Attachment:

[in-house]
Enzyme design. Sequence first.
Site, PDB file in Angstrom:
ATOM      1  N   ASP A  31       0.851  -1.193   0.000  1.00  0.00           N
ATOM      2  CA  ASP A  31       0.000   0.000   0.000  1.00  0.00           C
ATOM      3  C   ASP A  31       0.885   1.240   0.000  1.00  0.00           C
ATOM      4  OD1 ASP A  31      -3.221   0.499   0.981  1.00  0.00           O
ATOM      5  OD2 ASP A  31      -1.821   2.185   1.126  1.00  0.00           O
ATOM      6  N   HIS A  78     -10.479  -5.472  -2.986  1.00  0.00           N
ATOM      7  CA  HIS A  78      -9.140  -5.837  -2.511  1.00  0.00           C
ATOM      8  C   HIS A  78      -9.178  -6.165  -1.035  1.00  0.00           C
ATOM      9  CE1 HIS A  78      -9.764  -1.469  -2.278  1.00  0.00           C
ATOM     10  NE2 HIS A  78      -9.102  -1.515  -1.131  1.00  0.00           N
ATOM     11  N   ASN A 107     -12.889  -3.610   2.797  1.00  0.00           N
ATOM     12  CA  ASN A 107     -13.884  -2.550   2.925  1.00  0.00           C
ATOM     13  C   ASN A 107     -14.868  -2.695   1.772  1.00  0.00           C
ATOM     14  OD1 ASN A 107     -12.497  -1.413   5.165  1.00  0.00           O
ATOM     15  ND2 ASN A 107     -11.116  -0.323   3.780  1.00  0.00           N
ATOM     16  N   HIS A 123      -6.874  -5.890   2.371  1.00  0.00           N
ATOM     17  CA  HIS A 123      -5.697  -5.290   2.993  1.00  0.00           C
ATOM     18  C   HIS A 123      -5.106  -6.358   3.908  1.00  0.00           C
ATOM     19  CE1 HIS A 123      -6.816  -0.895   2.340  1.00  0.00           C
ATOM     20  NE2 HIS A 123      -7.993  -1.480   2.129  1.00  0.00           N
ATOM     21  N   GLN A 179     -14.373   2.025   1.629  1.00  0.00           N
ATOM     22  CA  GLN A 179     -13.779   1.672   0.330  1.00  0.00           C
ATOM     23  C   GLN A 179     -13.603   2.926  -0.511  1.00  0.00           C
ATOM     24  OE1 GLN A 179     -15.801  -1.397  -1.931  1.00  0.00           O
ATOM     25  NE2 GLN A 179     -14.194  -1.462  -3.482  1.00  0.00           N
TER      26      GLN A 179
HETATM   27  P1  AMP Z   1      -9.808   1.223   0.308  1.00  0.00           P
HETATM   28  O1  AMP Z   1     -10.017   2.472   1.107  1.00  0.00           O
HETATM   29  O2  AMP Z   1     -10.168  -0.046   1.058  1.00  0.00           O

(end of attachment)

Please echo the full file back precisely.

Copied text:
[in-house]
Enzyme design. Sequence first.
Site, PDB file in Angstrom:
ATOM      1  N   ASP A  31       0.851  -1.193   0.000  1.00  0.00           N
ATOM      2  CA  ASP A  31       0.000   0.000   0.000  1.00  0.00           C
ATOM      3  C   ASP A  31       0.885   1.240   0.000  1.00  0.00           C
ATOM      4  OD1 ASP A  31      -3.221   0.499   0.981  1.00  0.00           O
ATOM      5  OD2 ASP A  31      -1.821   2.185   1.126  1.00  0.00           O
ATOM      6  N   HIS A  78     -10.479  -5.472  -2.986  1.00  0.00           N
ATOM      7  CA  HIS A  78      -9.140  -5.837  -2.511  1.00  0.00           C
ATOM      8  C   HIS A  78      -9.178  -6.165  -1.035  1.00  0.00           C
ATOM      9  CE1 HIS A  78      -9.764  -1.469  -2.278  1.00  0.00           C
ATOM     10  NE2 HIS A  78      -9.102  -1.515  -1.131  1.00  0.00           N
ATOM     11  N   ASN A 107     -12.889  -3.610   2.797  1.00  0.00           N
ATOM     12  CA  ASN A 107     -13.884  -2.550   2.925  1.00  0.00           C
ATOM     13  C   ASN A 107     -14.868  -2.695   1.772  1.00  0.00           C
ATOM     14  OD1 ASN A 107     -12.497  -1.413   5.165  1.00  0.00           O
ATOM     15  ND2 ASN A 107     -11.116  -0.323   3.780  1.00  0.00           N
ATOM     16  N   HIS A 123      -6.874  -5.890   2.371  1.00  0.00           N
ATOM     17  CA  HIS A 123      -5.697  -5.290   2.993  1.00  0.00           C
ATOM     18  C   HIS A 123      -5.106  -6.358   3.908  1.00  0.00           C
ATOM     19  CE1 HIS A 123      -6.816  -0.895   2.340  1.00  0.00           C
ATOM     20  NE2 HIS A 123      -7.993  -1.480   2.129  1.00  0.00           N
ATOM     21  N   GLN A 179     -14.373   2.025   1.629  1.00  0.00           N
ATOM     22  CA  GLN A 179     -13.779   1.672   0.330  1.00  0.00           C
ATOM     23  C   GLN A 179     -13.603   2.926  -0.511  1.00  0.00           C
ATOM     24  OE1 GLN A 179     -15.801  -1.397  -1.931  1.00  0.00           O
ATOM     25  NE2 GLN A 179     -14.194  -1.462  -3.482  1.00  0.00           N
TER      26      GLN A 179
HETATM   27  P1  AMP Z   1      -9.808   1.223   0.308  1.00  0.00           P
HETATM   28  O1  AMP Z   1     -10.017   2.472   1.107  1.00  0.00           O
HETATM   29  O2  AMP Z   1     -10.168  -0.046   1.058  1.00  0.00           O